KEEP INDEX clause


In http://asktom.oracle.com/pls/ask/f?p=4950:8:::::F4950_P8_DISPLAYID:4941517587762#7082216367226 I proposed a use for the KEEP INDEX clause:

"Scenario:
- Partitioned table
- Unique or PK constraint backed by local (or otherwise partitioned) unique index
- SQLLDR Direct load, some rows violate constraint, so 1 or more index partitions unusable.

At this point you might want to:

- disable or drop constraint KEEP INDEX
- rebuild just those index partitions that are unusable
- enable or add constraint, exceptions into etc

The KEEP INDEX becomes useful because the constraint applies to the whole table, whereas we only want to rebuild those index *partitions* that are unusable. Without KEEP INDEX the entire index would need be to rebuilt/recreated."

but I also stresed:

"(This hypothesis wholly untested btw)"

Well a while back I did test it...

SQL> create table T
  2   ( p number,
  3     q number,
  4     r number )
  5  partition by range ( p )
  6   ( partition p1 values less than ( 100 ),
  7     partition p2 values less than ( 200 ) ,
  8     partition p3 values less than ( 300 )) ;

Table created.

SQL>
SQL> create unique index TX on T ( p ) local;

Index created.

SQL>
SQL> alter table T add constraint TX primary key ( p ) ;

Table altered.

SQL>
SQL> alter session set skip_unusable_indexes = true;

Session altered.

SQL>
SQL> alter table T disable constraint TX keep index;

Table altered.

SQL>
SQL> select index_name from user_indexes where table_name = 'T';

INDEX_NAME
------------------------------
TX

SQL>
SQL> alter index TX modify partition p1 unusable;

Index altered.

SQL>
SQL> insert /*+ APPEND */ into T
  2  select rownum, rownum, rownum from all_Objects
  3  where rownum < 100;
insert /*+ APPEND */ into T
                          *
ERROR at line 1:
ORA-26027: unique index MCDONAC.TX partition P1 initially in unusable state

So insert-append does not work...So how about sqlldr

I created a control file of:

LOAD DATA
INFILE *
INTO TABLE T
FIELDS TERMINATED BY ',' OPTIONALLY ENCLOSED BY '"'
(p,q,r)
BEGINDATA
1,1,1
1,1,1
2,2,2
3,3,3
4,4,4
5,5,5
6,6,6
7,7,7
8,8,8
9,9,9
10,10,10

and ran

C:\oracle\ora92\bin>sqlldr userid=mcdonac/**** control=c:\c.ctl direct=true skip_index_maintenance=true

SQL*Loader: Release 9.2.0.5.0 - Production on Fri Jan 28 19:03:46 2005

Copyright (c) 1982, 2002, Oracle Corporation.  All rights reserved.


Load completed - logical record count 11.

So maybe this is the reason its there ??? Well, lets repeat without using keep index....

SQL> drop table T;

Table dropped.

SQL>
SQL> create table T
  2   ( p number,
  3     q number,
  4     r number )
  5  partition by range ( p )
  6   ( partition p1 values less than ( 100 ),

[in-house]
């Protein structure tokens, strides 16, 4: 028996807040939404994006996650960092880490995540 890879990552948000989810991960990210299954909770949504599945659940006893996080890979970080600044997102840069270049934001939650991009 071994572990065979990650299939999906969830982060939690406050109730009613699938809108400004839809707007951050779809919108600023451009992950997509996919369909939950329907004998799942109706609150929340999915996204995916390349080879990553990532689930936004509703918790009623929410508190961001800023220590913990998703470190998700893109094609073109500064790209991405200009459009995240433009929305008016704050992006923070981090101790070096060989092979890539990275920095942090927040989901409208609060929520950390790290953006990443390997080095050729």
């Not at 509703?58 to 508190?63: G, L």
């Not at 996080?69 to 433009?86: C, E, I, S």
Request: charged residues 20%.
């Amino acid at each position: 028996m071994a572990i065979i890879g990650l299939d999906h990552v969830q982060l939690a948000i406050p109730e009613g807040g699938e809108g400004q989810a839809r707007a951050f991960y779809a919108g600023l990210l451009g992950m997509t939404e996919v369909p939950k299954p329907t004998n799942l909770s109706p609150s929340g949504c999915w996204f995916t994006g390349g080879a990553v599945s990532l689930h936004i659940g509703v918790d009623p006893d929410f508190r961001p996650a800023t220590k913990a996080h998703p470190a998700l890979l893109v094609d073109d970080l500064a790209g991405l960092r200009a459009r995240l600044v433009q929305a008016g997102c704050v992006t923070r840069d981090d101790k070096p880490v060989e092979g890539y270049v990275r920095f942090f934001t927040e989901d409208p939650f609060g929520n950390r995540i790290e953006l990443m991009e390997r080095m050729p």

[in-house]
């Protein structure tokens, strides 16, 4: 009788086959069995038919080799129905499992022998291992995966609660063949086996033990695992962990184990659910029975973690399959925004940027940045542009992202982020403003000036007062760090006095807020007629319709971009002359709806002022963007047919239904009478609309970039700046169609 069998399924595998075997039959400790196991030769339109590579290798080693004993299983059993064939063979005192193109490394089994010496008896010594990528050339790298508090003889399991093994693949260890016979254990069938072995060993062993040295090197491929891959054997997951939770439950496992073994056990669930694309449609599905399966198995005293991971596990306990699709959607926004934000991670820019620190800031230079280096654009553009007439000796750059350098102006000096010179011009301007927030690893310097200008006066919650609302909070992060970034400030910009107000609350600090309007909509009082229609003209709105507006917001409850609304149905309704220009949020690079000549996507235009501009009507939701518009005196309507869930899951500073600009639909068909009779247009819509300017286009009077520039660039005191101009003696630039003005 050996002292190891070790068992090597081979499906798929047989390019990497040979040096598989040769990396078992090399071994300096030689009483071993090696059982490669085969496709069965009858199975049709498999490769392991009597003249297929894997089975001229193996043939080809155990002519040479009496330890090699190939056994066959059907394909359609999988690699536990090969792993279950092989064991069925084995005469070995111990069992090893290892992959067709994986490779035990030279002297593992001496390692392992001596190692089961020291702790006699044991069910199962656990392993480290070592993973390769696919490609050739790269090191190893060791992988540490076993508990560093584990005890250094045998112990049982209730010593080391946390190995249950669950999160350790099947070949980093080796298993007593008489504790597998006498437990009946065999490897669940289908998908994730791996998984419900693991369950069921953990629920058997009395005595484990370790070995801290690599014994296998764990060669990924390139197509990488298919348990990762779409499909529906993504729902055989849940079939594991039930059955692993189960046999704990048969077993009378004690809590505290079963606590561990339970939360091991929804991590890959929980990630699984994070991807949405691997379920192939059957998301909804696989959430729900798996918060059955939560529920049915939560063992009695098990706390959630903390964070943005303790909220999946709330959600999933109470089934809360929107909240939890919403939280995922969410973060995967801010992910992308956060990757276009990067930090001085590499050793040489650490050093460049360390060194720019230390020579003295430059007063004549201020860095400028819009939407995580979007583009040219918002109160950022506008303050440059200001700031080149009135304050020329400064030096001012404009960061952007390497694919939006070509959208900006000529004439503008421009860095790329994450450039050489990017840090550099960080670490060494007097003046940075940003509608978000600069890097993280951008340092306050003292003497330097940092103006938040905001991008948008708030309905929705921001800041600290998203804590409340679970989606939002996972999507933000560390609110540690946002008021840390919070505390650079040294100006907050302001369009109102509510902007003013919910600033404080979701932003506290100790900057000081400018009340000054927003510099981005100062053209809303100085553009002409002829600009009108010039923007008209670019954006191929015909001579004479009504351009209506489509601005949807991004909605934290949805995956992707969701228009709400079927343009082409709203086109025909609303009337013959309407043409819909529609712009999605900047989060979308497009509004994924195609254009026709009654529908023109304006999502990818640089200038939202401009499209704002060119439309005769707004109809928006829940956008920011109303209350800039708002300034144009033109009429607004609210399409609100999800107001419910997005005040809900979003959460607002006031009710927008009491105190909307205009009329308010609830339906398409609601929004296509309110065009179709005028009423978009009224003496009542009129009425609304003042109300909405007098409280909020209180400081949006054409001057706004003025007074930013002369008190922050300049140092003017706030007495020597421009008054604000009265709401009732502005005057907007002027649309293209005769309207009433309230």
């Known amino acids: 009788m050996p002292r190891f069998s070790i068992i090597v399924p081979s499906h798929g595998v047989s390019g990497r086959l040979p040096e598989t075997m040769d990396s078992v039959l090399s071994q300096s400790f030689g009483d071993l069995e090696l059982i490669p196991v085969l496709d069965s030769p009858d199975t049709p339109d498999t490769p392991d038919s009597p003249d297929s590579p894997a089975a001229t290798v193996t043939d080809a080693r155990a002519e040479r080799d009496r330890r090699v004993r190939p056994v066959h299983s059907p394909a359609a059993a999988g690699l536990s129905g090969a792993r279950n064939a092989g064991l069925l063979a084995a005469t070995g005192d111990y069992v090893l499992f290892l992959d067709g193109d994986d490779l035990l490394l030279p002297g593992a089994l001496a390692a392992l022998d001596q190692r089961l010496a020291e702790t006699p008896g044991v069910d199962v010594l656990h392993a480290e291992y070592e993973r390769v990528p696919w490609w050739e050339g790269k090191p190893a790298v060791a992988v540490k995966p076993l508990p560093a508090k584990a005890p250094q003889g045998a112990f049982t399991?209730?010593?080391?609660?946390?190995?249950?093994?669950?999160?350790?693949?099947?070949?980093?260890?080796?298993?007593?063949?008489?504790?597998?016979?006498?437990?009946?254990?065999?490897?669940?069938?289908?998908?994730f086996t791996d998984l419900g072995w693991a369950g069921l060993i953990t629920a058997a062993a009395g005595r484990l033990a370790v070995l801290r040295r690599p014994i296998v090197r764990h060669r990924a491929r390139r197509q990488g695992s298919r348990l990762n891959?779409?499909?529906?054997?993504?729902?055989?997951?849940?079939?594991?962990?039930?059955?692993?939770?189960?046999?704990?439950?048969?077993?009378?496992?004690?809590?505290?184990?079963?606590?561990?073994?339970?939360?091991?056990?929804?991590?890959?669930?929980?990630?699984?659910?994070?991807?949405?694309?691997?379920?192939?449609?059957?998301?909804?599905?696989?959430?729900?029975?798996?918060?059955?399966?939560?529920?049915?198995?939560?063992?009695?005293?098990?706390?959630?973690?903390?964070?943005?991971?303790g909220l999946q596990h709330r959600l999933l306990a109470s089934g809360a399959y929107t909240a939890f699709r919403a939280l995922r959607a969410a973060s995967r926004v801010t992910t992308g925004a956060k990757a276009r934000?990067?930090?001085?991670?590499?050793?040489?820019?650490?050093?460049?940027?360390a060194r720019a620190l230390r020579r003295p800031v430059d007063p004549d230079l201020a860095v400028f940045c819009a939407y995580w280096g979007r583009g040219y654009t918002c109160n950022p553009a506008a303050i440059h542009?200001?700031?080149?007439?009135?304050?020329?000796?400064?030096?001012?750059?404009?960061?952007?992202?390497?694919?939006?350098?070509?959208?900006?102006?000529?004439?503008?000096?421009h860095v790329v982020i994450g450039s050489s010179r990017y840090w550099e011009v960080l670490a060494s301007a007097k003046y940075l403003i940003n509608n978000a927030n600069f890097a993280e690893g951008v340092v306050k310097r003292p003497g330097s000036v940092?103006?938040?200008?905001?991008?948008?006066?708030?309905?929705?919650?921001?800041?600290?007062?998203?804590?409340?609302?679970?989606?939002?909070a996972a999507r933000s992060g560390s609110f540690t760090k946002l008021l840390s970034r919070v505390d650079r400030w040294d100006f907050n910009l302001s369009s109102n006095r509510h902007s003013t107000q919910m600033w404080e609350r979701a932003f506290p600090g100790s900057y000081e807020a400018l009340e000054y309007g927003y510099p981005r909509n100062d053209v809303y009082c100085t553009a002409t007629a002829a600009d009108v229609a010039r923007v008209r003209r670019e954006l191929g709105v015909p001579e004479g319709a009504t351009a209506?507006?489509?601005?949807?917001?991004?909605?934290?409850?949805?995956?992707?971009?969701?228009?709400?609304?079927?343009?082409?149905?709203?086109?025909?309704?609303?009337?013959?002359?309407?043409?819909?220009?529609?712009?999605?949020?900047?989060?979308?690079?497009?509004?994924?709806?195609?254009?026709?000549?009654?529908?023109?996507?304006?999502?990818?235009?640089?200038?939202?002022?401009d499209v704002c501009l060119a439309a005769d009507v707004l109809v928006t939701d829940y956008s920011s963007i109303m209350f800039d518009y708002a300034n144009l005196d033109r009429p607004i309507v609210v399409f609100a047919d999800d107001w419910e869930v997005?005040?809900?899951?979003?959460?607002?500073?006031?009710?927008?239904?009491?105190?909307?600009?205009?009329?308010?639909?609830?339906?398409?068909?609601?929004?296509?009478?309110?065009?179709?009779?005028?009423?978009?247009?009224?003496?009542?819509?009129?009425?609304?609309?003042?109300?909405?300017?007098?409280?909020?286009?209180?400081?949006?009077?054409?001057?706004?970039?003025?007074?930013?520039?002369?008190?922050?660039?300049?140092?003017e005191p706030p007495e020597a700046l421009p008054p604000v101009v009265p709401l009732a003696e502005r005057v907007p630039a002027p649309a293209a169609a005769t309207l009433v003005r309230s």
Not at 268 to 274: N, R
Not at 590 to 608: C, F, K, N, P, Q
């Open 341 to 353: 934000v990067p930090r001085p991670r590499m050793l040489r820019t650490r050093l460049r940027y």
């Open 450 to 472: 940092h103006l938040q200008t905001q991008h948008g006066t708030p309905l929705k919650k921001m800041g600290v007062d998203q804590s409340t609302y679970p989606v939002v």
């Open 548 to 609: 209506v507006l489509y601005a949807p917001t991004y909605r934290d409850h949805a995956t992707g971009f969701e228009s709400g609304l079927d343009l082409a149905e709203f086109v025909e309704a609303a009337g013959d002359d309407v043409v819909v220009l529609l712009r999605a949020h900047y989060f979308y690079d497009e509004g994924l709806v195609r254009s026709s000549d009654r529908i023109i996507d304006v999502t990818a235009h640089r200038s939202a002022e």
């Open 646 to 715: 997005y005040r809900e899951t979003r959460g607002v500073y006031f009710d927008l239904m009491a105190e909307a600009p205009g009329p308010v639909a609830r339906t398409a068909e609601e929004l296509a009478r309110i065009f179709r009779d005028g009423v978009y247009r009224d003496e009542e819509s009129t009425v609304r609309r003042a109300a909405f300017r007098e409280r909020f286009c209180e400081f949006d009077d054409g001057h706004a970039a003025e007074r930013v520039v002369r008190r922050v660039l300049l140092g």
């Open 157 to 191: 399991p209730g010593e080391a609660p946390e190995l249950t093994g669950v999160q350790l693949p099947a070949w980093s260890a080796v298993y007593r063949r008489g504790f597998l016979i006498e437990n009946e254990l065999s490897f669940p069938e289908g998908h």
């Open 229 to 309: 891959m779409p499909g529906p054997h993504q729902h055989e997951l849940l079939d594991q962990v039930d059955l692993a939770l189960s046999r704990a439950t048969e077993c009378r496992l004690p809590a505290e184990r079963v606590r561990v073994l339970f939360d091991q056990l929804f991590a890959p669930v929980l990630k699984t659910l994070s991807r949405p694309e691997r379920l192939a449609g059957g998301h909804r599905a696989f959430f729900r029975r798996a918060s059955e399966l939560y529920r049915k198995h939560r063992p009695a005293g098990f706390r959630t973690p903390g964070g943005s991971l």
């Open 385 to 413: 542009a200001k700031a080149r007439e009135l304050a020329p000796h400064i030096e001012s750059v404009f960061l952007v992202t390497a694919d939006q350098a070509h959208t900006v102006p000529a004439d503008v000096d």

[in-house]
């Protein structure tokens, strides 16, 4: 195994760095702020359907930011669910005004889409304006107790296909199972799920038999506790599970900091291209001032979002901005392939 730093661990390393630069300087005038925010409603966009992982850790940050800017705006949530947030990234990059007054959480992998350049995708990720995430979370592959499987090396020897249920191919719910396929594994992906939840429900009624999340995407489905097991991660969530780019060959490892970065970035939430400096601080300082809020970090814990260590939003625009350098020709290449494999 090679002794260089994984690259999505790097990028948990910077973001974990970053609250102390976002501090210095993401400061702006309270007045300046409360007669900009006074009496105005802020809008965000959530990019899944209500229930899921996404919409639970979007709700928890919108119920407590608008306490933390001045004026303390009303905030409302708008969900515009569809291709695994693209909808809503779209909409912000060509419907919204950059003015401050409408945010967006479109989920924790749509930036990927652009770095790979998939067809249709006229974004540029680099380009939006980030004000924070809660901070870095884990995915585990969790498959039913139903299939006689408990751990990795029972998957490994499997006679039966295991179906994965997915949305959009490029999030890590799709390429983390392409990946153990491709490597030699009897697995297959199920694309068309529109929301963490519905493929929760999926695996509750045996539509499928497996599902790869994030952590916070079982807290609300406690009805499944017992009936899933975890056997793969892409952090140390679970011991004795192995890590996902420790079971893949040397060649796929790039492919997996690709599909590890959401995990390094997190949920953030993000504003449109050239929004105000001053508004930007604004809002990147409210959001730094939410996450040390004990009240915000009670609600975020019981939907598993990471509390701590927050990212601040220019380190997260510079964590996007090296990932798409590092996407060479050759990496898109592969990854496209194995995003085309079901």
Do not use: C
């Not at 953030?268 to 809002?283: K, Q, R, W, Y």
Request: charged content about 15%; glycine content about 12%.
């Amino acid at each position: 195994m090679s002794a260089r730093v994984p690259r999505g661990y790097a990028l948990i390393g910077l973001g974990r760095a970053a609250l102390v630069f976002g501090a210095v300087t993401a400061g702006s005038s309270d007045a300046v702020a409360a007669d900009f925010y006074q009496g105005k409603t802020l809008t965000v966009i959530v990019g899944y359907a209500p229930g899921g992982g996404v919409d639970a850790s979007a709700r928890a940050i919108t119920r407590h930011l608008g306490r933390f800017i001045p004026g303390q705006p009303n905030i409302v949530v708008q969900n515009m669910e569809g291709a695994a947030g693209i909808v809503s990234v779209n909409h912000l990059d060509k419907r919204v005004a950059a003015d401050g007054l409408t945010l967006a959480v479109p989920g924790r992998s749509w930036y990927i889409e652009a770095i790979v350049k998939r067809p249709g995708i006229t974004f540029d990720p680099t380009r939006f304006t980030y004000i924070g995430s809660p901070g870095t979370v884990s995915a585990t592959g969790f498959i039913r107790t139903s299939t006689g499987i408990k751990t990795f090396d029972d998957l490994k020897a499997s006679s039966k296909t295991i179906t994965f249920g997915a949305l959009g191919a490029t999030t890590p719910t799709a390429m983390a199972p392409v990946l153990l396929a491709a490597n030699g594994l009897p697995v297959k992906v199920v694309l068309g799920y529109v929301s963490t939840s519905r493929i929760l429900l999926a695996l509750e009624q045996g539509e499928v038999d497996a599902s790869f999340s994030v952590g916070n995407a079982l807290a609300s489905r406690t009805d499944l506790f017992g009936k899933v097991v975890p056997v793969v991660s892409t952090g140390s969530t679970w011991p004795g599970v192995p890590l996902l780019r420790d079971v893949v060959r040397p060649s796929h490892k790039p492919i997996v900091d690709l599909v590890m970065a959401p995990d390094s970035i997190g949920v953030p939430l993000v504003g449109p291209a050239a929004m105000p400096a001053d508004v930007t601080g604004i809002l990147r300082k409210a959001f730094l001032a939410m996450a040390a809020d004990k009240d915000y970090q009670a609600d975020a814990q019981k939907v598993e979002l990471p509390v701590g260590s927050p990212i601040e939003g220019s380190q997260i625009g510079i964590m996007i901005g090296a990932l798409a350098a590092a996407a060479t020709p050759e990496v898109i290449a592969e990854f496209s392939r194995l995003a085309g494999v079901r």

7     partition p2 values less than ( 200 ) ,
  8     partition p3 values less than ( 300 )) ;

Table created.

SQL>
SQL> create unique index TX on T ( p ) local;

Index created.

SQL>
SQL> alter table T add constraint TX primary key ( p ) ;

Table altered.

and then

C:\oracle\ora92\bin>sqlldr userid=mcdonac/**** control=c:\c.ctl direct=true skip_index_maintenance=true

SQL*Loader: Release 9.2.0.5.0 - Production on Fri Jan 28 19:09:31 2005

Copyright (c) 1982, 2002, Oracle Corporation.  All rights reserved.


Load completed - logical record count 11.

Well there you go... we still loaded in there with no problems...The constraint was not used (since we've loaded duplicates). When we look at the database we see:
SQL> select partition_name, status
  2  from user_ind_partitions
  3  where index_name = 'TX';

PARTITION_NAME                 STATUS
------------------------------ --------
P1                             UNUSABLE
P2                             USABLE
P3                             USABLE

so we achieved the load without disabling the constraint at all...Even more interesting is:
SQL> select status, validated from user_constraints
  2  where constraint_name = 'TX';

STATUS   VALIDATED
-------- -------------
ENABLED  VALIDATED

so according to Oracle, our constraint is just fine, even though its backed by an unusable index partition. So we can do very cool things like:
SQL> insert into T values (200,200,200);

1 row created.

SQL> insert into T values (200,200,200);
insert into T values (200,200,200)
*
ERROR at line 1:
ORA-00001: unique constraint (MCDONAC.TX) violated

ie, successful constraint usage as long as we stay away from the index partition. So be careful with KEEP INDEX - it might not be the solution to all your problems...